The PBAC also noted that the structure of the modelled economic evaluations differed across the two BRAF inhibitor submissions, which contributed to differences in their results beyond those explained by the differences in prices requested for the two BRAF inhibitors. The PBAC determined the equi-effective doses of vemurafenib and dabrafenib on the basis of the doses used in their respective key trials without adjusting for any variations in dose intensity.
The PBAC noted discrepancies in the estimated utilisation and net costs to PBS across the submissions for the two BRAF inhibitors. These arose from differences in:
- the epidemiological basis for estimating the numbers of patients eligible for BRAF testing (and which should not be adjusted for trial enrolment);
- the estimated duration of BRAF inhibitor therapy;
- the proposed cost per day for the two BRAF inhibitors.
The PBAC also advised that:
- there should be a consolidated epidemiological approach to calculations of the numbers of patients with melanoma tested and treated;
- the prevalence of BRAF V600 test positivity is 44.5% based on the recently updated Australian data published by Menzies et al, 2012;
- the estimate of the duration of BRAF inhibitor therapy should be appropriately aligned with the trial-based duration of progression-free survival, which is similar across the two BRAF inhibitors, but should also account for treatment cessations due to intolerance;
- the cost per day of the BRAF inhibitors should be updated to reflect the outcome of the Department’s pricing negotiations.
Given the uncertainty over the extent of any effectiveness of vemurafenib in non-V600E mutations and consistent with MSAC’s August 2012 advice in relation to BRAF testing for a review after two years of any MBS listing, the PBAC requested that the Department investigate the opportunity, in the event of MBS and PBS listing, for prospective data collection of:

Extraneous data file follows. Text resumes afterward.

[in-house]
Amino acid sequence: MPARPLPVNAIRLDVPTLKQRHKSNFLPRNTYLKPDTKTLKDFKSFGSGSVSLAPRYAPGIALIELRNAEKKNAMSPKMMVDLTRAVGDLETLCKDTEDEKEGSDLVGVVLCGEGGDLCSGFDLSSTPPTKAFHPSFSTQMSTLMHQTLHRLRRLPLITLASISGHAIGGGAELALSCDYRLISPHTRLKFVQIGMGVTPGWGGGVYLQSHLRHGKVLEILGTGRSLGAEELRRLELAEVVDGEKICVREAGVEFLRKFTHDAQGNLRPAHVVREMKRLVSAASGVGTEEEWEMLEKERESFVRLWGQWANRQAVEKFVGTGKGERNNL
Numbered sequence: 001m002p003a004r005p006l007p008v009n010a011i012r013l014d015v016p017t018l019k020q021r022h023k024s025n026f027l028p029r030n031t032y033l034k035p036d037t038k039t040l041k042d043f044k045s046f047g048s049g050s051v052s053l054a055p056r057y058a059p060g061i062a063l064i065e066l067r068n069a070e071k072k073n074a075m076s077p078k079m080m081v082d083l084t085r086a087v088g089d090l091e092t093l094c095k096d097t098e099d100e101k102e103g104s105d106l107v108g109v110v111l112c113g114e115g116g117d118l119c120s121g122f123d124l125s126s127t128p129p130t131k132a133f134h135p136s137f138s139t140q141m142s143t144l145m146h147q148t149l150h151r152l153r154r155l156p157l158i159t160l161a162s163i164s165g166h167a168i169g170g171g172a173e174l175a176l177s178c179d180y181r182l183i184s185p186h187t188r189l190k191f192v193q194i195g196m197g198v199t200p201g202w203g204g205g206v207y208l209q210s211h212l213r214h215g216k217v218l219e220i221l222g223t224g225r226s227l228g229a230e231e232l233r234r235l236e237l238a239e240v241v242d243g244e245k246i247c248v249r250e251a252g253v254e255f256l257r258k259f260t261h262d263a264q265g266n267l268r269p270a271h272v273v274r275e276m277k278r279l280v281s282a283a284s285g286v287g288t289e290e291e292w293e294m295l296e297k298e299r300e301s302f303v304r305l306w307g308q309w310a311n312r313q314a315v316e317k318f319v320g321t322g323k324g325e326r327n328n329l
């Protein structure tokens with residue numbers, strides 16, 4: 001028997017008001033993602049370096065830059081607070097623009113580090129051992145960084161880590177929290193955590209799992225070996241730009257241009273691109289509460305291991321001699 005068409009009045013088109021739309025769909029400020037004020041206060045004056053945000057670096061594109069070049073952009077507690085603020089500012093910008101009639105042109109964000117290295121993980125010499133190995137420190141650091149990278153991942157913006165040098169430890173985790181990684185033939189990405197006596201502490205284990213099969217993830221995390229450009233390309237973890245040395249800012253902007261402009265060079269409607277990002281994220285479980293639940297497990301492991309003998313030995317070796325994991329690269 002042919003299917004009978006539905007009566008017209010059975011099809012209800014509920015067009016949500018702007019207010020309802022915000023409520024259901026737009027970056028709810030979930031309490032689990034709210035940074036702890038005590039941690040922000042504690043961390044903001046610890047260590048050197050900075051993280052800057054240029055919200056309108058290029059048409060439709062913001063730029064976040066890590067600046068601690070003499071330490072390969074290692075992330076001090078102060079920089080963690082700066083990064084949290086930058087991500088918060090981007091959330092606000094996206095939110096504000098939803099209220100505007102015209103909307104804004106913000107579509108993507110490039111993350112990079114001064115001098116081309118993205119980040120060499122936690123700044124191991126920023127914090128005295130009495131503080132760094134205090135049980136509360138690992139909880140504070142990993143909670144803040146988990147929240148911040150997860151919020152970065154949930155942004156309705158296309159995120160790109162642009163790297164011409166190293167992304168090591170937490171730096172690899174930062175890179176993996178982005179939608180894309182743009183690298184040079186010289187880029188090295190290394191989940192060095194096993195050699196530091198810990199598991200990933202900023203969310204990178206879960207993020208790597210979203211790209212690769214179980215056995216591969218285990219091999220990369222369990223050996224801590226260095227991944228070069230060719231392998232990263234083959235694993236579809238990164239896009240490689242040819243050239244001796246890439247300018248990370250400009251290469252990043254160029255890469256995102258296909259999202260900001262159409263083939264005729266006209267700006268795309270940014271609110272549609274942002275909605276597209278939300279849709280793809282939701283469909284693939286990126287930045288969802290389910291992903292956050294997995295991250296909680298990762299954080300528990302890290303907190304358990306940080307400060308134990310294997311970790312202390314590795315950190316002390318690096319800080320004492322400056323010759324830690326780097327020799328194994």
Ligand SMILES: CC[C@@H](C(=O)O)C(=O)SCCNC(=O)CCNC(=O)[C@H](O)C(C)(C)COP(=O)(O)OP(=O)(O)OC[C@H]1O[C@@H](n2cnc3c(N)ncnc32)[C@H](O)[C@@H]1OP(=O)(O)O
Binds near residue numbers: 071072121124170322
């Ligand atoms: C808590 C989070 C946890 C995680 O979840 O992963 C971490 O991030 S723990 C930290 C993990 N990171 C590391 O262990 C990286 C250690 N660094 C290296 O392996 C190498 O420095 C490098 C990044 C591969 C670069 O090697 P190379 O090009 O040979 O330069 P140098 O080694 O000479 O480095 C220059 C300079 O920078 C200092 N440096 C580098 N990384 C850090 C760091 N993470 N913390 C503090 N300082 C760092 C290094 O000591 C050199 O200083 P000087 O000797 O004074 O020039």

- the frequency of BRAF testing;
- the V600 test results (eg prevalences of V600 sub-types) of the population eligible for BRAF testing;
- linked to the health outcomes (eg response, progression-free survival and/or overall survival) following treatment with a BRAF inhibitor across patients with different V600 mutation sub-types.
This might be facilitated by requiring the specific V600 mutation to be reported when seeking PBS authorisation to prescribe the BRAF inhibitor. Such pharmacogenetics data would help inform any future review of the proposal to allow any V600 mutation sub-type to be eligible for a PBS-subsidised BRAF inhibitor.
13. Context for Decision
The PBAC helps decide whether and, if so, how medicines should be subsidised in Australia. It considers submissions in this context. A PBAC decision not to recommend listing or not to recommend changing a listing does not represent a final PBAC view about the merits of the medicine. A company can resubmit to the PBAC or seek independent review of the PBAC decision.
14. Sponsor’s Comment
Roche is extremely disappointed with the PBAC's decision, and regrettably will not be making another submission for the PBS listing of vemurafenib at this time.